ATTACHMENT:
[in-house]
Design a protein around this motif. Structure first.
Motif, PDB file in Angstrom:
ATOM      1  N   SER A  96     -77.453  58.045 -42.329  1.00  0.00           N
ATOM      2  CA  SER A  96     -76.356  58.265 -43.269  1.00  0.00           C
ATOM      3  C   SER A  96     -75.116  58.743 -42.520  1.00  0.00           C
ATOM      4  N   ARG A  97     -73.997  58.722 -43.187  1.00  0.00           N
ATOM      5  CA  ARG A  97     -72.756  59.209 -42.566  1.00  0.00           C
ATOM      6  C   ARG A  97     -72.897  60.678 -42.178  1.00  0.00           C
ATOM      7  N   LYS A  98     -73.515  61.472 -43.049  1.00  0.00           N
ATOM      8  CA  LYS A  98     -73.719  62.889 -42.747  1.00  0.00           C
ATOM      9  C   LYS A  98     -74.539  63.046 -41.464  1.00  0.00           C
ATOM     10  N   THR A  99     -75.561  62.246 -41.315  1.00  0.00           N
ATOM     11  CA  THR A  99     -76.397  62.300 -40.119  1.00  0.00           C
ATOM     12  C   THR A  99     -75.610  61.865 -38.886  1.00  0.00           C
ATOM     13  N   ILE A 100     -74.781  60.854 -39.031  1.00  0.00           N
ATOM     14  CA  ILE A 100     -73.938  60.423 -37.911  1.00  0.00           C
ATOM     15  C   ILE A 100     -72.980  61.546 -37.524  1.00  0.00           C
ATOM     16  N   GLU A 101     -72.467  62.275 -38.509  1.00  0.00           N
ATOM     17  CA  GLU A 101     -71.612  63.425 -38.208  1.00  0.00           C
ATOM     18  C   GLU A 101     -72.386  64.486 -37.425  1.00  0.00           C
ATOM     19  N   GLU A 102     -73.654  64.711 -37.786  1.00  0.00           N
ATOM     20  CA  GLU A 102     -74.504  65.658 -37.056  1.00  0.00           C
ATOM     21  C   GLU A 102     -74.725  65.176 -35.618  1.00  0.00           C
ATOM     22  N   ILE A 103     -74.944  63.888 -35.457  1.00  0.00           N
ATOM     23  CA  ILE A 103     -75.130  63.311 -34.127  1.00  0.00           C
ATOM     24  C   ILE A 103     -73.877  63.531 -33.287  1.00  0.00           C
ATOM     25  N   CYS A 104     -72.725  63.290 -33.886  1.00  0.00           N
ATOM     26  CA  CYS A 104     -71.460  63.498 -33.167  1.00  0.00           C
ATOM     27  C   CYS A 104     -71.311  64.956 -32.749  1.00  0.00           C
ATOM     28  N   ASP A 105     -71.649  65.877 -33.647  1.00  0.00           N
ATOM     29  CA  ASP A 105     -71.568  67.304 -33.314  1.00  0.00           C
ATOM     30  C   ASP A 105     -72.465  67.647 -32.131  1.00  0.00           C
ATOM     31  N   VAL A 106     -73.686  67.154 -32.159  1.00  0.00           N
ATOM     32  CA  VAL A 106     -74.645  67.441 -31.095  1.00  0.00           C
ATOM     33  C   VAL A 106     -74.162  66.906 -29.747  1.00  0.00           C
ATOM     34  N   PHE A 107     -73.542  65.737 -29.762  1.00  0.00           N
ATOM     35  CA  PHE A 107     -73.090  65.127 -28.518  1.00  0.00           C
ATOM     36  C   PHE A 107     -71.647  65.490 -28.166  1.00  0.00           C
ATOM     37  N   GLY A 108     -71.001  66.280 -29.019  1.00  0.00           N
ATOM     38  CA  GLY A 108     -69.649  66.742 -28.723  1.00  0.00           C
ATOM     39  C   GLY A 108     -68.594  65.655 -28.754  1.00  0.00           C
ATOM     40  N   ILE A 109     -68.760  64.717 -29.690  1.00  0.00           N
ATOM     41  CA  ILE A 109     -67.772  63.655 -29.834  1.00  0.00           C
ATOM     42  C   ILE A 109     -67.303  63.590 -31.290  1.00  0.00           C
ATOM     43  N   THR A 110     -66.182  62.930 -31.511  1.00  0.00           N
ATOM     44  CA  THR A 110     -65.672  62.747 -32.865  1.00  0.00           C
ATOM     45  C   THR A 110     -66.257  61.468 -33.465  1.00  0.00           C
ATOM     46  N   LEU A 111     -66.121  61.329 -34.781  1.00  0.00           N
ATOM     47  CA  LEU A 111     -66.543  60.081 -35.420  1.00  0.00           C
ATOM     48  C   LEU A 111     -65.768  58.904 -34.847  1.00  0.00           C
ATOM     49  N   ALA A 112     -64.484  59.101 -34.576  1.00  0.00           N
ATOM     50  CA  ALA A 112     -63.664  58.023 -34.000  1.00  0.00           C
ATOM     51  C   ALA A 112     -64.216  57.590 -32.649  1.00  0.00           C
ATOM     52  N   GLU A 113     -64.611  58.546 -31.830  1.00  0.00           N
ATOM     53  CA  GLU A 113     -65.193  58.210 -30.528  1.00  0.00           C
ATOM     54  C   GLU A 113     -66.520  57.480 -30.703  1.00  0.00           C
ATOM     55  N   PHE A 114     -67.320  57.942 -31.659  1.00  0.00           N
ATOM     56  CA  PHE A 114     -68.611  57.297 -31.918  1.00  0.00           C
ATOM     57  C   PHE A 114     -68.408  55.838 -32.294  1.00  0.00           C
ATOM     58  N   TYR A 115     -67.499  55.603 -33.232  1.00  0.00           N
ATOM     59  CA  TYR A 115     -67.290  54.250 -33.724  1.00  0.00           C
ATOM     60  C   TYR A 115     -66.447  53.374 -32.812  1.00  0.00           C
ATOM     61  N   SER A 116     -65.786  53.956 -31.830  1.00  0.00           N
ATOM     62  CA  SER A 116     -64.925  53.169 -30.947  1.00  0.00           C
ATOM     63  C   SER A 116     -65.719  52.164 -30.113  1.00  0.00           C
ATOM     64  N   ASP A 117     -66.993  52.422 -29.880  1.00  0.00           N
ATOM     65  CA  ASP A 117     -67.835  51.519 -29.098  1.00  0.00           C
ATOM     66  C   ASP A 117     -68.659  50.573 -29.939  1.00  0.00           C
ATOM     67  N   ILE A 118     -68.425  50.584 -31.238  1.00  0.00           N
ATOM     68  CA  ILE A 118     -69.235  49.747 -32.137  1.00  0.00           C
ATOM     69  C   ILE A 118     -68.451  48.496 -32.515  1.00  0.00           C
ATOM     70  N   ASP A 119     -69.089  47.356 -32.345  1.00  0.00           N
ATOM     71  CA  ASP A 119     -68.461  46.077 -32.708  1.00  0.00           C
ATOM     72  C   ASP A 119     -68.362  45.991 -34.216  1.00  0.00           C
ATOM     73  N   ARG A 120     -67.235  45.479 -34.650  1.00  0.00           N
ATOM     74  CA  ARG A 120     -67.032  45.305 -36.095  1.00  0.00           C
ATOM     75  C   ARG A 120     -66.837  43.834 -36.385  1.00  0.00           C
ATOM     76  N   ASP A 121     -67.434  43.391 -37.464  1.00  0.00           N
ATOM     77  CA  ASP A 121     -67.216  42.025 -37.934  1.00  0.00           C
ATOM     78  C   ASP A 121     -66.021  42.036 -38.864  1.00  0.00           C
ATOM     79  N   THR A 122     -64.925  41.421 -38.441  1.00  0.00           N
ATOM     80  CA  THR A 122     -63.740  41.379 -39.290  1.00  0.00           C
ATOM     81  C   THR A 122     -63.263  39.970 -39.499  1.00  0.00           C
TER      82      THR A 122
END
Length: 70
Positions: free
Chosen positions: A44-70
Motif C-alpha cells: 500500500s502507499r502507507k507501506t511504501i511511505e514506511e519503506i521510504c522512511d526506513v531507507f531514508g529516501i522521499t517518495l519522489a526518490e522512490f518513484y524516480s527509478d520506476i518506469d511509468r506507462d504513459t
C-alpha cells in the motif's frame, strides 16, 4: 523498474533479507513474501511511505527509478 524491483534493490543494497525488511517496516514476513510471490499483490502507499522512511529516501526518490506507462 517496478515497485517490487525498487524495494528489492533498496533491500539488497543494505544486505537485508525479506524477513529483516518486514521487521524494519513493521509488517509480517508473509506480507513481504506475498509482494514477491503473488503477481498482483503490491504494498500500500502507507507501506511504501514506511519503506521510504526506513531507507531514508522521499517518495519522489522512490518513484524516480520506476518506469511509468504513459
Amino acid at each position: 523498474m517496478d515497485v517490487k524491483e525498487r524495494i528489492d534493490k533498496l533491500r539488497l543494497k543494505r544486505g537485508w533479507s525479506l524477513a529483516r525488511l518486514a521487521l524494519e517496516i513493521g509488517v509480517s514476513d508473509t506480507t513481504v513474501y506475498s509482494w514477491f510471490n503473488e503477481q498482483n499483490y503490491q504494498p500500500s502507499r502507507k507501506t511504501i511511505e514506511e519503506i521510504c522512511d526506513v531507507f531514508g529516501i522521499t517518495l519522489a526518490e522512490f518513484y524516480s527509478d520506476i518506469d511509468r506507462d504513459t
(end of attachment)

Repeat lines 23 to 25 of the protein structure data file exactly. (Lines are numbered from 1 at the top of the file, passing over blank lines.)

ATOM     20  CA  GLU A 102     -74.504  65.658 -37.056  1.00  0.00           C
ATOM     21  C   GLU A 102     -74.725  65.176 -35.618  1.00  0.00           C
ATOM     22  N   ILE A 103     -74.944  63.888 -35.457  1.00  0.00           N